What’s wrong with my resume?
If you’re reading this post then you’ve probably been finding it hard to get interviews!
If you’ve applied to 10, 20 or even 50 jobs a week and you haven’t received any calls for an interview, stop what you’re doing. It’s time to reassess your resume.
If you’re from overseas you’ll need to customise your resume for the Australian market. If you don’t, recruiters and hiring managers will put your resume in the ‘do not interview’ pile.
The fact that you’re reading this article means you have identified that something’s not right with your resume and you want to act. This is the most important step. The next is to improve it!
I want to share with you a resume checklist so you can ‘check off’ the most important elements to improve your resume for the Australian job market.
If your resume is missing some of these elements, it’s OK. You can start building them in. If you’ve got all of these elements and you’re still not getting interviews it means the content behind these elements isn’t great.
- Contact details. Are you using a professional email? Have you got your address listed and have you adopted an English name if you’re from overseas?
- Professional profile statement. Have you got four short and sharp bullet points at the top of your resume that sell your greatest strengths related to the job being advertised?
- Key skills list. You’ll need this to help get around application tracking software. We need five bullets describing your key skills related to the job being advertised. The reader will also be drawn to this list so it’s vital to have.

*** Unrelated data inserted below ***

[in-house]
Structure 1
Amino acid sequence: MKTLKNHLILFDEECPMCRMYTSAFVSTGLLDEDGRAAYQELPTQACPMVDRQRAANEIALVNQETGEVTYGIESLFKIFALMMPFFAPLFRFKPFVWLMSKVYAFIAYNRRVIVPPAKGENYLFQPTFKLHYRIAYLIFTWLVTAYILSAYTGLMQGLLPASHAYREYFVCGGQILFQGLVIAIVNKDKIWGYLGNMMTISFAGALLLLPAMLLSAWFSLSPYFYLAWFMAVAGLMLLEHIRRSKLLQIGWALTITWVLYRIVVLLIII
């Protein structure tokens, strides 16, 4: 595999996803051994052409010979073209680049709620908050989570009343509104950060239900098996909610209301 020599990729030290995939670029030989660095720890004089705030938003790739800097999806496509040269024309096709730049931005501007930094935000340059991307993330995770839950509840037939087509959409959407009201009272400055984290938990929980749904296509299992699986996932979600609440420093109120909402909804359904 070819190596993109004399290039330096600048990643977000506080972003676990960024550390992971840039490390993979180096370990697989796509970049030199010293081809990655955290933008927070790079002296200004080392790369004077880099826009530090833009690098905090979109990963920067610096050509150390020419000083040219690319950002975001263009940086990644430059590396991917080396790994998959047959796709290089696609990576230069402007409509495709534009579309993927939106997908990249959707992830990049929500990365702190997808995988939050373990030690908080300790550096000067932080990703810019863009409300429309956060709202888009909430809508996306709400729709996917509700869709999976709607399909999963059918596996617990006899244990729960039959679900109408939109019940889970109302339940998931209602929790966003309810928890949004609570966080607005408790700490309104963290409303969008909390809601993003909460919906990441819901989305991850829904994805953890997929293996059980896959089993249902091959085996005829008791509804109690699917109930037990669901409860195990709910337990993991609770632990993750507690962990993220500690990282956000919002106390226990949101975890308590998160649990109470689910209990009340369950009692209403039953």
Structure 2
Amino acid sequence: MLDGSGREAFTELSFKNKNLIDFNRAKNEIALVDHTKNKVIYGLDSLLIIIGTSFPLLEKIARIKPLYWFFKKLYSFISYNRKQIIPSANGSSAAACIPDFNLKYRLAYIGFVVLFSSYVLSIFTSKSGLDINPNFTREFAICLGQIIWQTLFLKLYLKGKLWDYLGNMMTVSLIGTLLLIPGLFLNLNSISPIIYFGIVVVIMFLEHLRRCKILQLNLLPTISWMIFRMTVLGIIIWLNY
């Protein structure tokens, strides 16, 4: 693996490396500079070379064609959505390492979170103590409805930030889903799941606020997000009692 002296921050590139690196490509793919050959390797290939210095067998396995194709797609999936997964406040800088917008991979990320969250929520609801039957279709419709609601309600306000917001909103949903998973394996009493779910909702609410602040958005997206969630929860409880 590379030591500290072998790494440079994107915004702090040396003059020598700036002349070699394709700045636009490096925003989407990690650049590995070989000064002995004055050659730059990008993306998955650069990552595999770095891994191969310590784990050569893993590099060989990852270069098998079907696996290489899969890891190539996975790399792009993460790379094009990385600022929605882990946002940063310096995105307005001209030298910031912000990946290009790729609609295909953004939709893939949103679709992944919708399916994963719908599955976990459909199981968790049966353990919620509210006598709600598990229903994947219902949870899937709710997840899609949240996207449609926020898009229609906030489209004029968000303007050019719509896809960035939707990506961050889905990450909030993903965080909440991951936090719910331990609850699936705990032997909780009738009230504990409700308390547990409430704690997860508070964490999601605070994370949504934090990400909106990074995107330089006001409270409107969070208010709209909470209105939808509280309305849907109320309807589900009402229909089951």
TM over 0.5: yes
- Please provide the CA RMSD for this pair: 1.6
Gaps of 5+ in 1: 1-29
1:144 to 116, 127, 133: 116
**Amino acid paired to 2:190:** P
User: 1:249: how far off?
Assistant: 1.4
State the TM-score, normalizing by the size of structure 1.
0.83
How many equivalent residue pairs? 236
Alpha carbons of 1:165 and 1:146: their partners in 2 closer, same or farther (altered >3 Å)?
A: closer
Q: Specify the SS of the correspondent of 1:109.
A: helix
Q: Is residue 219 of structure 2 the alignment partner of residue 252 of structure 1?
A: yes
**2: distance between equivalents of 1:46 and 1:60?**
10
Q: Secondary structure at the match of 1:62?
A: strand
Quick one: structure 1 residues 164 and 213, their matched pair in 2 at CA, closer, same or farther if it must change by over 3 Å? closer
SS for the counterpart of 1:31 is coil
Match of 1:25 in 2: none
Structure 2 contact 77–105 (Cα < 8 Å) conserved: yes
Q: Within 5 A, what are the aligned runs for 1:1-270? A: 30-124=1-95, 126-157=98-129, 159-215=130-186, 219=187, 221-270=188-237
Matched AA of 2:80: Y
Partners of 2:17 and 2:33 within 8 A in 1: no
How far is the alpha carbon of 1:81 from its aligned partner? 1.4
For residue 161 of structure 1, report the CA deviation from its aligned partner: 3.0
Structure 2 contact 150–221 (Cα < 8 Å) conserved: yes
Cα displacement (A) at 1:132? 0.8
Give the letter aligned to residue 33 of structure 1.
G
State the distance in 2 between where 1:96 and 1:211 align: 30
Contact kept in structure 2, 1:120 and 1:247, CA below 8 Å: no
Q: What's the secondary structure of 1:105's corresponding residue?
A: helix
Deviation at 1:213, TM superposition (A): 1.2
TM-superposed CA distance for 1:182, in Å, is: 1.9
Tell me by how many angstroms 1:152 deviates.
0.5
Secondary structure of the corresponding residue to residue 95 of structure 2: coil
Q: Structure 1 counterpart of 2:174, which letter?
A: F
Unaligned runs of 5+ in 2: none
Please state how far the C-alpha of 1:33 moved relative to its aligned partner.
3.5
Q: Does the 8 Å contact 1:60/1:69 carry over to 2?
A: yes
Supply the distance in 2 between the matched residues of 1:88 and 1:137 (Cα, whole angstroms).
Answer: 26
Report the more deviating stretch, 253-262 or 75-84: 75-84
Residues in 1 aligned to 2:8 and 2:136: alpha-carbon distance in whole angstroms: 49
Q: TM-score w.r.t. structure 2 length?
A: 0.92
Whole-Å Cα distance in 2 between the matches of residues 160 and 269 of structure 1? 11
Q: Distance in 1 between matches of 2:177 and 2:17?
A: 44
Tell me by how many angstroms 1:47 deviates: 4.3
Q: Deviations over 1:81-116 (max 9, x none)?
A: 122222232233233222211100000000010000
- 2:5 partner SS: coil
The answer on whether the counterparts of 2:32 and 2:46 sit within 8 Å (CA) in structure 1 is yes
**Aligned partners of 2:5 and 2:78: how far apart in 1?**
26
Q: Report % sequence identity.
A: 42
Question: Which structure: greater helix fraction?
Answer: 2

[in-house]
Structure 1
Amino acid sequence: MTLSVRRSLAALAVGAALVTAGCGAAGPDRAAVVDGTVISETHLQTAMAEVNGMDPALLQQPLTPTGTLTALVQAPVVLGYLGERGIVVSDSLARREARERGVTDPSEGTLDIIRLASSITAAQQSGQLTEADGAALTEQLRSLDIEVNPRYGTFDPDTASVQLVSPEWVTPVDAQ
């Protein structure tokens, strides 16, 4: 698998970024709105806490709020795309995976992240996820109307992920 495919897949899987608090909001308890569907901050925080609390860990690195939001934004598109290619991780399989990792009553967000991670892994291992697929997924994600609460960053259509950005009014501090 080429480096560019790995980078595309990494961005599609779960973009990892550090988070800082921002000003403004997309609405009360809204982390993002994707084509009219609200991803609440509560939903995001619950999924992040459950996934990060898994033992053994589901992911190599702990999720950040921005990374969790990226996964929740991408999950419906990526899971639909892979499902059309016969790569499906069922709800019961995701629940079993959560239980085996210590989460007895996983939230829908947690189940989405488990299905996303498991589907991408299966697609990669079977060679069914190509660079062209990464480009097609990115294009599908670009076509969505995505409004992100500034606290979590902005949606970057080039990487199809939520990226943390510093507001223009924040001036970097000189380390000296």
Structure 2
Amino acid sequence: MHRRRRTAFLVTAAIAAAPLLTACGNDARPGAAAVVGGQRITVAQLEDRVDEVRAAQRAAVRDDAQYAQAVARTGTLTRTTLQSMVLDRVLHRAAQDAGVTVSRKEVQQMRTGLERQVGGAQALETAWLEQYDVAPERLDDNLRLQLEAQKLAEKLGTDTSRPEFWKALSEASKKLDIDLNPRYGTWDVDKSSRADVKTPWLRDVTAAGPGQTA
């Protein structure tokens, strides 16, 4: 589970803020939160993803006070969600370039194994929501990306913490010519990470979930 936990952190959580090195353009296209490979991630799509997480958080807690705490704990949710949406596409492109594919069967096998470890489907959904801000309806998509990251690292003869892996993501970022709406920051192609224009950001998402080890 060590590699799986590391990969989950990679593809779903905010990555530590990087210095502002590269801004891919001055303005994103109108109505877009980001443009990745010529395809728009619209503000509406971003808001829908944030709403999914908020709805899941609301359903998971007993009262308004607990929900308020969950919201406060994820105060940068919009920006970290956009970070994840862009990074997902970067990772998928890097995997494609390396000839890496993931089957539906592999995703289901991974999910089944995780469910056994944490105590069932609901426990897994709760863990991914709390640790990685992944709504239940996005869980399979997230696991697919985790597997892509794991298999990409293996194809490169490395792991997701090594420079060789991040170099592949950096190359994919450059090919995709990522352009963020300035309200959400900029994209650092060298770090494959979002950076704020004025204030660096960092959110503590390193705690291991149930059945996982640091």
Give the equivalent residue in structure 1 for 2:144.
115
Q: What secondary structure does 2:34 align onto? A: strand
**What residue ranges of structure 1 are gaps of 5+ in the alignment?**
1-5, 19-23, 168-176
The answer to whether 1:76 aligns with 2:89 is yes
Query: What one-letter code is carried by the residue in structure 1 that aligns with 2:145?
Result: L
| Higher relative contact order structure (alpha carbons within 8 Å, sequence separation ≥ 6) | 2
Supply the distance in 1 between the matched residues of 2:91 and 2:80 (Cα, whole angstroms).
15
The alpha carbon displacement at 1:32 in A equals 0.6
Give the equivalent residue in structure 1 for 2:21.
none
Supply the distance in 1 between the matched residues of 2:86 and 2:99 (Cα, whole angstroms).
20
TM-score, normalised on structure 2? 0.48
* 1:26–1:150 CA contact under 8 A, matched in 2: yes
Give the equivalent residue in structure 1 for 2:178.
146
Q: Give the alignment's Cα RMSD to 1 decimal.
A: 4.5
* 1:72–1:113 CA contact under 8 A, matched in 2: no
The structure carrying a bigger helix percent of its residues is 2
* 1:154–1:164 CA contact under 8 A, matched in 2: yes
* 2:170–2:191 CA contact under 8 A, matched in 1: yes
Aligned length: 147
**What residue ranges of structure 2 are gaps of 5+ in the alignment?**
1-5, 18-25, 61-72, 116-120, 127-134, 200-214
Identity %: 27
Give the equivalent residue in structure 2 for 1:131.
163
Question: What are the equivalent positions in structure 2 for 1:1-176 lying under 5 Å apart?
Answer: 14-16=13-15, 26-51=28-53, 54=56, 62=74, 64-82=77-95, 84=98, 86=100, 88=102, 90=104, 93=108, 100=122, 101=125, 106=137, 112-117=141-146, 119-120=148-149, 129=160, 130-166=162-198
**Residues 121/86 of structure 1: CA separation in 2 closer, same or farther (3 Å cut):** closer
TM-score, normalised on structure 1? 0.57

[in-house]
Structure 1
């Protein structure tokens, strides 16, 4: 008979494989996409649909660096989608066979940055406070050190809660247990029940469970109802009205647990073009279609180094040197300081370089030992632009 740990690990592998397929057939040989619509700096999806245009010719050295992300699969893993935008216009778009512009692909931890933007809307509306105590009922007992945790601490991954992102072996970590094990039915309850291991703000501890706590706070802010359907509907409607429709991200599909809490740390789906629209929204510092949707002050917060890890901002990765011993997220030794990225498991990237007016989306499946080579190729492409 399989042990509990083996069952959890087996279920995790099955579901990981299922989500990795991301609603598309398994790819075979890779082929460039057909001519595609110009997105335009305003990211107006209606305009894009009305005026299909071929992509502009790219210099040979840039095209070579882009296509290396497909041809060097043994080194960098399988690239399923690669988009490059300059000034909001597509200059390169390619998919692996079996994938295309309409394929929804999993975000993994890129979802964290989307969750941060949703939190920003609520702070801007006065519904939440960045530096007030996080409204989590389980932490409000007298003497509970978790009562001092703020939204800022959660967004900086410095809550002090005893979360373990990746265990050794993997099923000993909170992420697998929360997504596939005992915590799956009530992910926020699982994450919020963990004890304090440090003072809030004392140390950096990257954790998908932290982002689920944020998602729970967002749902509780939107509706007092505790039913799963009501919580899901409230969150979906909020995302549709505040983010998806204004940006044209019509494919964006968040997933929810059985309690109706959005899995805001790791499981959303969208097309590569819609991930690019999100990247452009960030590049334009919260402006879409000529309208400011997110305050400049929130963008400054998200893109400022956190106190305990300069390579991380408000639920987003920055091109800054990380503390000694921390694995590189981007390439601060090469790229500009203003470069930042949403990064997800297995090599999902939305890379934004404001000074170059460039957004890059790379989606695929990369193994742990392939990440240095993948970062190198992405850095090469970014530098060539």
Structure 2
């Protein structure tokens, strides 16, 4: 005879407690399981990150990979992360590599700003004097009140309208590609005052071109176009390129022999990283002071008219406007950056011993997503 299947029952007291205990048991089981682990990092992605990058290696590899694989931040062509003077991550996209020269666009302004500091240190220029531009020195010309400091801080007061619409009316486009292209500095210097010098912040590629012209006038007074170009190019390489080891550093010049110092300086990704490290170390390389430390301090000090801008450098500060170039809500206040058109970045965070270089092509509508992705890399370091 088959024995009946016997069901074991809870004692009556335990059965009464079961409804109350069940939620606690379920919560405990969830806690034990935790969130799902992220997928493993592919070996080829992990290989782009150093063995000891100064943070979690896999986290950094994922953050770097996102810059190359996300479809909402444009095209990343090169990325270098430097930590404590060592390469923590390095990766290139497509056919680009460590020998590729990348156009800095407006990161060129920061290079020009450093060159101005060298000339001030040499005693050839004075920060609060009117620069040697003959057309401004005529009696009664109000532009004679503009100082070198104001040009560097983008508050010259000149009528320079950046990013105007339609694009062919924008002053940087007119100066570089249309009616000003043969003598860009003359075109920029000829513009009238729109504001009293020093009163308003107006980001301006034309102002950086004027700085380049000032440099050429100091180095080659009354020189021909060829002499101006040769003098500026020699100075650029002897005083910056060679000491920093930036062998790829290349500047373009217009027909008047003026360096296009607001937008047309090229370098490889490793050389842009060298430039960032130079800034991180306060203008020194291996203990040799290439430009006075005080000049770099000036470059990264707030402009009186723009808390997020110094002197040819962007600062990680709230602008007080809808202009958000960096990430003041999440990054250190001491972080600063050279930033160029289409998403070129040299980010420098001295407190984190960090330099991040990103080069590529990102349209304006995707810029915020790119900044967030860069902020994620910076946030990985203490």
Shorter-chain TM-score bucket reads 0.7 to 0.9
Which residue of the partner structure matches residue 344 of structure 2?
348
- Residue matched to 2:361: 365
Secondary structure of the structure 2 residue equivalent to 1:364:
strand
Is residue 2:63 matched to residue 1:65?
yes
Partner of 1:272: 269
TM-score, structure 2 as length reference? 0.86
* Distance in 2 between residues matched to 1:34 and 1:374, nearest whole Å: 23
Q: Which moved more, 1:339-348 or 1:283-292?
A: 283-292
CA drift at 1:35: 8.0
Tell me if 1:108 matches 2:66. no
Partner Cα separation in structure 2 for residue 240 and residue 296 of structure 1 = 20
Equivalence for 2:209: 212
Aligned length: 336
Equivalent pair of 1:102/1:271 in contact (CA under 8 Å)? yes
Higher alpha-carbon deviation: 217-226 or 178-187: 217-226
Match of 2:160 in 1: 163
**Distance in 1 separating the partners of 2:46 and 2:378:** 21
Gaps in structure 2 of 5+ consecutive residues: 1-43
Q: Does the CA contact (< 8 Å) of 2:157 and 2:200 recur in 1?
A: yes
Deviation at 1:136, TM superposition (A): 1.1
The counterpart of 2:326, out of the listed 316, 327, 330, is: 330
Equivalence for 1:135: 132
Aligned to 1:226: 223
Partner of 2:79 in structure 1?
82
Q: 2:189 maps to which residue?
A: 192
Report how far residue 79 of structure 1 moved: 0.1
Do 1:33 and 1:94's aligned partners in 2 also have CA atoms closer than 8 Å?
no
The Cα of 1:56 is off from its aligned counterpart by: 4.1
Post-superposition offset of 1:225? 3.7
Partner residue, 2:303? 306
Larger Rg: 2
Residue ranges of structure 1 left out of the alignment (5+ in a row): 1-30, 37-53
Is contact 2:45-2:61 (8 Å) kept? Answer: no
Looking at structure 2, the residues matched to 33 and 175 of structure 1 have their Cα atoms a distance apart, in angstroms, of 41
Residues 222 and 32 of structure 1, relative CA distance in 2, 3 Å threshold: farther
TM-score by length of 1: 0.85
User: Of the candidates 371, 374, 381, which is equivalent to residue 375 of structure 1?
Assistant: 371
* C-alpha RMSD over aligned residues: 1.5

- Employment history. Here, we’ll need your title, the company name, location and dates. The most important elements to include are your responsibilities and achievements. Some employers and recruiters will go straight to this section!
- Volunteer experience or major projects from your degree. This is an alternative to employment history if you’re a recent graduate without experience. If you fall into this category, you should consider an internship.
- Qualifications. Keep this concise unless you’re a recent graduate.
- Professional skills. Not critical but ‘nice to have’ as it demonstrates your skills in ‘negotiation, communication, time management, multi-tasking and analysis’.
- Additional elements. You can also list any professional certificates or memberships and awards.
- Referees. Avoid “referees available upon request”. There’s a clever strategy I use in this area. Find out how to maximise this space in the course of the free career.
Final comments: What’s wrong with my resume?
If you’re not getting interviews, recruiters and hiring managers are rejecting your resume. There’s a strong chance they are rejecting your resume because it’s missing some or all of these sections listed above in the checklist.
If you have any questions about your resume and getting interviews, feel free to get in touch.
Naren – Career Coach from Career Success Australia